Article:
Aug 31, 2021

Workplace gender transformation: Start where you are

Article by Pamela Xaba

Netstar Head: Human Capital

Netstar

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Women’s empowerment in the corporate space is an ongoing journey. Accelerating that journey requires conscious action. Netstar Head: Human Capital Pamela Xaba describes how that led to the Netstar Women’s Network.

August 6th was an exciting day at Netstar, a subsidiary of Altron. The day marked the launch of the Netstar Women’s Network (NWN), a platform aimed at empowering women staff, and bridging the gender divide in the workplace.

Netstar leadership created the environment for this and backed the launch event, where Netstar MD Pierre Bruwer spoke in support for the NWN initiative and the ongoing empowerment of women in the organisation. He highlighted the strategic fit of this initiative as it echoes the Altron, and Netstar, Employee Value Proposition (EVP) of being a values-based organisation, which empowers employees, looks to make a societal impact, and meets the strategic goal of being an employer of choice.

The NWN will provide open and honest dialogue; networking and mentorship opportunities; and industry-relevant workshops for all women, regardless of department, rank, age, race, or socioeconomic background.

The need to close the gender divide is not unique to Netstar’s industry. Across society, women are still underrepresented or marginalised. This disadvantages not just women, but society in general. Conversely, as gender empowerment advances, and women start to fulfil their potential, all of society benefits.

It’s no secret that women in the workplace have a lot to deal with – some are mothers, wives, they support wide family networks. This affects how women handle stress, and how they relate to colleagues – especially in male-dominated industries.

My own journey in corporate South Africa has certainly had its fair share of difficulties – some of them simply because I am a woman. Sadly, I am not the only one.

At Netstar, leadership has given its commitment to supporting women employees in this struggle. 

In setting the grounds for the NWN, male and female colleagues were surveyed, and the feedback was constructive. People were excited about the initiative. Men said that women generally bring a different dynamic to teams; they get things done. Many women’s responses were around the perceived pay gap.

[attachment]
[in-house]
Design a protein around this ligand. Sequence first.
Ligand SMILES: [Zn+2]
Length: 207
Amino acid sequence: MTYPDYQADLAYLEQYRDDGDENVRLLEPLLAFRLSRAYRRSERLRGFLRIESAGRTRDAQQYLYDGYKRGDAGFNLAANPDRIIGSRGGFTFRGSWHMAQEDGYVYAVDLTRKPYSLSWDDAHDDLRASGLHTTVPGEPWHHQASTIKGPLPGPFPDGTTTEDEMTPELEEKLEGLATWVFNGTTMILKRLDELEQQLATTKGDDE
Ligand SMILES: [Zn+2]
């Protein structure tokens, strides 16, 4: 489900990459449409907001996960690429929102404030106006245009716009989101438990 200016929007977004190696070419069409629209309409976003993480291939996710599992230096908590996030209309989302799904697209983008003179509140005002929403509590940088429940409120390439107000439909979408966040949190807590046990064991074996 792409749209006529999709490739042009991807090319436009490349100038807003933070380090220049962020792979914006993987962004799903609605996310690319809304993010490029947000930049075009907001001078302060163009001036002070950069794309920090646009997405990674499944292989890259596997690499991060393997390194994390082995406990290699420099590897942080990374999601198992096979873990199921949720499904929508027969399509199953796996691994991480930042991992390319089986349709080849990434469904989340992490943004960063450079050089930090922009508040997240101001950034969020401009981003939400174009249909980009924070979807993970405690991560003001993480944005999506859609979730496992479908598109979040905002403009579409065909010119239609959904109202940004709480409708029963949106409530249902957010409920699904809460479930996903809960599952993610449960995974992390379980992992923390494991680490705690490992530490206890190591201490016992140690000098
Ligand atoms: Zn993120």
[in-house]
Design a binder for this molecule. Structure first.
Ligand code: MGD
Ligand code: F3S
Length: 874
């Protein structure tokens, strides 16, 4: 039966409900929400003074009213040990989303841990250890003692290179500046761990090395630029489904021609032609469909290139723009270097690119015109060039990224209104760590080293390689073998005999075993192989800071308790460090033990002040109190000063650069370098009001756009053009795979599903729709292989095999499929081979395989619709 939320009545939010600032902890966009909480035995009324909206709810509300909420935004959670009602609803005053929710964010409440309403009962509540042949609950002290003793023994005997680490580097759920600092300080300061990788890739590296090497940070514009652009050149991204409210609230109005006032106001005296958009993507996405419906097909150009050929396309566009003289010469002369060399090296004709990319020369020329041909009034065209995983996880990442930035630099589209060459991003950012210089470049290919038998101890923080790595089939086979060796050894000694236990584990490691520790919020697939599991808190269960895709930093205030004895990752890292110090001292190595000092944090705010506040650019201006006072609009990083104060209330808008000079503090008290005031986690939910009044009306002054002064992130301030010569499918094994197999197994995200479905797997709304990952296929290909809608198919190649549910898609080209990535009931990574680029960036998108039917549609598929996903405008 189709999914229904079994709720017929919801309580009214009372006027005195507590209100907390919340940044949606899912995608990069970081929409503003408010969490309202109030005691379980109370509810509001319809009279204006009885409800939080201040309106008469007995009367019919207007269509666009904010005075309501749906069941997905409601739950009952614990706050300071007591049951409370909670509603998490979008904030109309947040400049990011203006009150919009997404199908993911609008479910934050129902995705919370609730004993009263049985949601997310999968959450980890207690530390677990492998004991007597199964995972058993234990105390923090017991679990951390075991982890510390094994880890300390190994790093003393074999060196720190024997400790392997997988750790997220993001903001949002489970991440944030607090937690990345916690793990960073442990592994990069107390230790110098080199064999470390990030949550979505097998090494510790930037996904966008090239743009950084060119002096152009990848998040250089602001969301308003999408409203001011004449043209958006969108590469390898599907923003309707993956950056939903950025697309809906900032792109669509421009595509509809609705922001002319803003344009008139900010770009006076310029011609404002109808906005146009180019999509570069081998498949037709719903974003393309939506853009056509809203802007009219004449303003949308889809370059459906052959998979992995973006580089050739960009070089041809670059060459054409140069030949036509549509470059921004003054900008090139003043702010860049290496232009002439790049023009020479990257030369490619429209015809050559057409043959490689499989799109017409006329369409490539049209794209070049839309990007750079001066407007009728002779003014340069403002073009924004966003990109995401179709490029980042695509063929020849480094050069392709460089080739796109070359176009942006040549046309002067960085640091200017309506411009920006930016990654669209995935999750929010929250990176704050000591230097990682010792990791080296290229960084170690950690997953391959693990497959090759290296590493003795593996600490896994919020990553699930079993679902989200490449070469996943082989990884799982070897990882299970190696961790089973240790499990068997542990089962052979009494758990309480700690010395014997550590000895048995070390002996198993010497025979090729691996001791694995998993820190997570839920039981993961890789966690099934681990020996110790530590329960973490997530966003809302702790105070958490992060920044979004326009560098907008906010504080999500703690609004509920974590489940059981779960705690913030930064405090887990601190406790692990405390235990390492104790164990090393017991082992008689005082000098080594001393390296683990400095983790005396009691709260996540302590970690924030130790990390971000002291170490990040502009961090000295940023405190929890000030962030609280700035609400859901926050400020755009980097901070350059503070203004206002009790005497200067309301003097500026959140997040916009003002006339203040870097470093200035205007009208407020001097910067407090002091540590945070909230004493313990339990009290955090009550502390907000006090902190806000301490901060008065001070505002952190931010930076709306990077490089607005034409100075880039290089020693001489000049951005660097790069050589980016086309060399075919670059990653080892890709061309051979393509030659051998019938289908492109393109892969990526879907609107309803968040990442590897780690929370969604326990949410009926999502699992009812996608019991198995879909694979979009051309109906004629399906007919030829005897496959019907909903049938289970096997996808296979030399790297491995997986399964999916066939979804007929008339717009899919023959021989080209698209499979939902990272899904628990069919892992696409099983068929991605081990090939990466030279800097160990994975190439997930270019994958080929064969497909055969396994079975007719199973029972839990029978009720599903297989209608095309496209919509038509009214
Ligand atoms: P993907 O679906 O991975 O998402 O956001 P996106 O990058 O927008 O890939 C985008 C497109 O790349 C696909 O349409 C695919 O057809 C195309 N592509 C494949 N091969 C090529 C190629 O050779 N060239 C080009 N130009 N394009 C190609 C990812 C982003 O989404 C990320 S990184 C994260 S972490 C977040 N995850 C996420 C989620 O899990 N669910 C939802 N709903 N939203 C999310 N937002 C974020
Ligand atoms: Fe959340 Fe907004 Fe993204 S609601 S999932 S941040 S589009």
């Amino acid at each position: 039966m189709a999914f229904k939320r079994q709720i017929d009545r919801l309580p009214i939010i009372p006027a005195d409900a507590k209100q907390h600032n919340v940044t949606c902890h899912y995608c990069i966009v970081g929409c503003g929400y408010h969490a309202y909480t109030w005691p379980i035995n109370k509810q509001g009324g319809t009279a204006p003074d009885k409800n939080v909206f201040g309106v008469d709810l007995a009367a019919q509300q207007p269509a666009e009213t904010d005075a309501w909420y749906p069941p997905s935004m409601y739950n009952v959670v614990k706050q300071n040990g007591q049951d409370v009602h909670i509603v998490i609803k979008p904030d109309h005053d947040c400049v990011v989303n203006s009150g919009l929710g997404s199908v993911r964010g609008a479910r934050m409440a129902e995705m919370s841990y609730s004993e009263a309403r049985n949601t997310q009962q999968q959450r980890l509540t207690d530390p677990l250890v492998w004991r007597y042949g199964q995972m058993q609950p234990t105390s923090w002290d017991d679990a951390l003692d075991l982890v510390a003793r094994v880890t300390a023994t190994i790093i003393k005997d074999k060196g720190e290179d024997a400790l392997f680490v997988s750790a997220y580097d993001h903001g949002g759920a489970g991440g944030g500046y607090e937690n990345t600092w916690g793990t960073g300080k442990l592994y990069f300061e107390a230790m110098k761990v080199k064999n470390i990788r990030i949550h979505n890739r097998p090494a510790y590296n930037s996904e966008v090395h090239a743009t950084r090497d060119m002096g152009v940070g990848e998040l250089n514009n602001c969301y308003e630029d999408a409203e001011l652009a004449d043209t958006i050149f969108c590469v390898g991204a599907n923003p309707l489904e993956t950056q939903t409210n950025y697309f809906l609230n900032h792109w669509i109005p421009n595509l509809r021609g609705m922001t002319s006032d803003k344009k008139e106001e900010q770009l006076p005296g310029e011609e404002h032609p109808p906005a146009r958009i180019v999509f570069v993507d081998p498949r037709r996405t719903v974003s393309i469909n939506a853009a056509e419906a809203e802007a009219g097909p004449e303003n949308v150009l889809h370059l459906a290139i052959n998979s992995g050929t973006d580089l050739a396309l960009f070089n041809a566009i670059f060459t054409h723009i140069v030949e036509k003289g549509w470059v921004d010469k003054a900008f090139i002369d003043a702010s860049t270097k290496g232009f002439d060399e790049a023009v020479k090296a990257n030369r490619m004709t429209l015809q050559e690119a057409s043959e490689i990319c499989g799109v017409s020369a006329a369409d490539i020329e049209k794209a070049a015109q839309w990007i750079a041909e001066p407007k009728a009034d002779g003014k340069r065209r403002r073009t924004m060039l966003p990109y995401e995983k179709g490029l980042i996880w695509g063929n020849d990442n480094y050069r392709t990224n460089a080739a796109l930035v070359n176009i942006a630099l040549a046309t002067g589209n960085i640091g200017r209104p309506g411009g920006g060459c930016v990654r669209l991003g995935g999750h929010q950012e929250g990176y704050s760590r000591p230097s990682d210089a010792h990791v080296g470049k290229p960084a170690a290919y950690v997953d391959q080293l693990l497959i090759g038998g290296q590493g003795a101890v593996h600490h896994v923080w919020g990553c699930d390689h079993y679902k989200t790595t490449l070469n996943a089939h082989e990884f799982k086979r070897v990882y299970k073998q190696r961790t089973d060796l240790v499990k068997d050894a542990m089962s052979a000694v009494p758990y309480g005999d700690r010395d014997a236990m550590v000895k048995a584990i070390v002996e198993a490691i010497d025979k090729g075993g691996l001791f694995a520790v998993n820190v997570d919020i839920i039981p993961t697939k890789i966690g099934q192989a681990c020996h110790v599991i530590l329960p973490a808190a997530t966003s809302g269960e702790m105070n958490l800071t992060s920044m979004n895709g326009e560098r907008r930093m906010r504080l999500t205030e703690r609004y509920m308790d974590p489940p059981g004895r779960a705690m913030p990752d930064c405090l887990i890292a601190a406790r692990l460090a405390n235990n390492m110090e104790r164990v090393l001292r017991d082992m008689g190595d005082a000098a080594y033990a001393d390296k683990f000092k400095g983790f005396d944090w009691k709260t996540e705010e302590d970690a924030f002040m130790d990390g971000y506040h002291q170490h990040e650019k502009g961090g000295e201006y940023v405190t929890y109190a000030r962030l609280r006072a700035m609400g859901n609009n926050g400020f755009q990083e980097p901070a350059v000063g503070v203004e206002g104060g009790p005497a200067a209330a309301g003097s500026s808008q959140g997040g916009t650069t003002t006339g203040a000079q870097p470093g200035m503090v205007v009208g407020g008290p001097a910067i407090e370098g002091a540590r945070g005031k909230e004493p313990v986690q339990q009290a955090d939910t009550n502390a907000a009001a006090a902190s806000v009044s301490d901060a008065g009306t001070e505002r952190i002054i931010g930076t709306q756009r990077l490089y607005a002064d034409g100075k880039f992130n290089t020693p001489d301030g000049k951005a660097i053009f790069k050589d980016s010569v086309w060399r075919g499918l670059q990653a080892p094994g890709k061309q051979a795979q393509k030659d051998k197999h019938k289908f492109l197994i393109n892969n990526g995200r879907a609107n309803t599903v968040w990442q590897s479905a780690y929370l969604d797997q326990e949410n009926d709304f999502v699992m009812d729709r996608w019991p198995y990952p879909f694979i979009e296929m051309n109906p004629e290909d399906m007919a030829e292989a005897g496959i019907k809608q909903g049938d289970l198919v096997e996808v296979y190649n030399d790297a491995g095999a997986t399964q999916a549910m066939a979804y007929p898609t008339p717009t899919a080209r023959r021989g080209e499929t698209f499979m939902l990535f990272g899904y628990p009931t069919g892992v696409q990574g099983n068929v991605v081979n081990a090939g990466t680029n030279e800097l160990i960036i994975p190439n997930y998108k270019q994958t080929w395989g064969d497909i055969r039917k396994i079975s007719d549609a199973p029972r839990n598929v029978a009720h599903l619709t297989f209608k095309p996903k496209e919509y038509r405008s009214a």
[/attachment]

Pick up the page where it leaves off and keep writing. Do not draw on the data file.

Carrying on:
Netstar has a 60:40 male-female split. This is not glaringly concerning. But the critical factor is that most women work at junior levels. Addressing gender wage disparities is thus largely about education and supporting the advancement of women into more senior roles. It’s about skills, empowerment, and succession planning, where market-related remuneration for all is another of the Employee Value Propositions.

As mentioned, Netstar’s strategic goal is to be an employer of choice, a company of empowered employees. Therefore, the NWN movement will not require a sea change in approach. Better opportunities can be created for women by firmly renewing the commitment to the organisation’s values and in particular those of diversity and inclusion.

NWN is already formulating strategies to support women’s advancement. These will be guided by data, and by robust discussions around succession plans and skills development.

To support these discussions, it was important to give a voice to female colleagues, irrespective of position, race, or demographics. To this end, features showcasing women colleagues are shared with the greater organisation twice a month to help tell their stories.

The feedback has been amazing. Employees are getting to know each other better – their passions, who they are and what they stand for. It’s an opportunity to demonstrate inclusion within the network itself, exemplifying the change that is the NWN goal.

The network also takes inspiration from women doing wonderful things in this space – such as marketing leader Nokuthula Magwaza, who was the keynote speaker at the NWN launch event.

In addition, mentorships are being facilitated, and life coaches are available to provide objective views from outside the organisation, and to give members techniques on how to bring their authentic selves to the workspace.

Netstar has partnered with initiatives like Standard Bank Top Women, because it also provides a launchpad to learn from successful, like-minded people.

The past year and a half of the pandemic has been traumatic. Very few people have not been impacted, and women have been especially affected by the rise in gender-based violence.

To help address this, Netstar has partnered with Independent Counselling and Advisory Services (ICAS), where one can call and chat to a counsellor anonymously. Group counselling sessions are also planned, where staff can share experiences and support each other.

Diversity is not only about gender, but gender empowerment is a good place to start. It’s early days, but platforms such as the NWN are crucial. Other organisations might consider similar initiatives. For women, knowing there is a space where they are empowered to express themselves without fear is invaluable.

The committee has had many creative ideas since the formal launch, and it is already well underway. Ultimately, the goal is not just to support diversity and inclusion, but to bring it to life!

 

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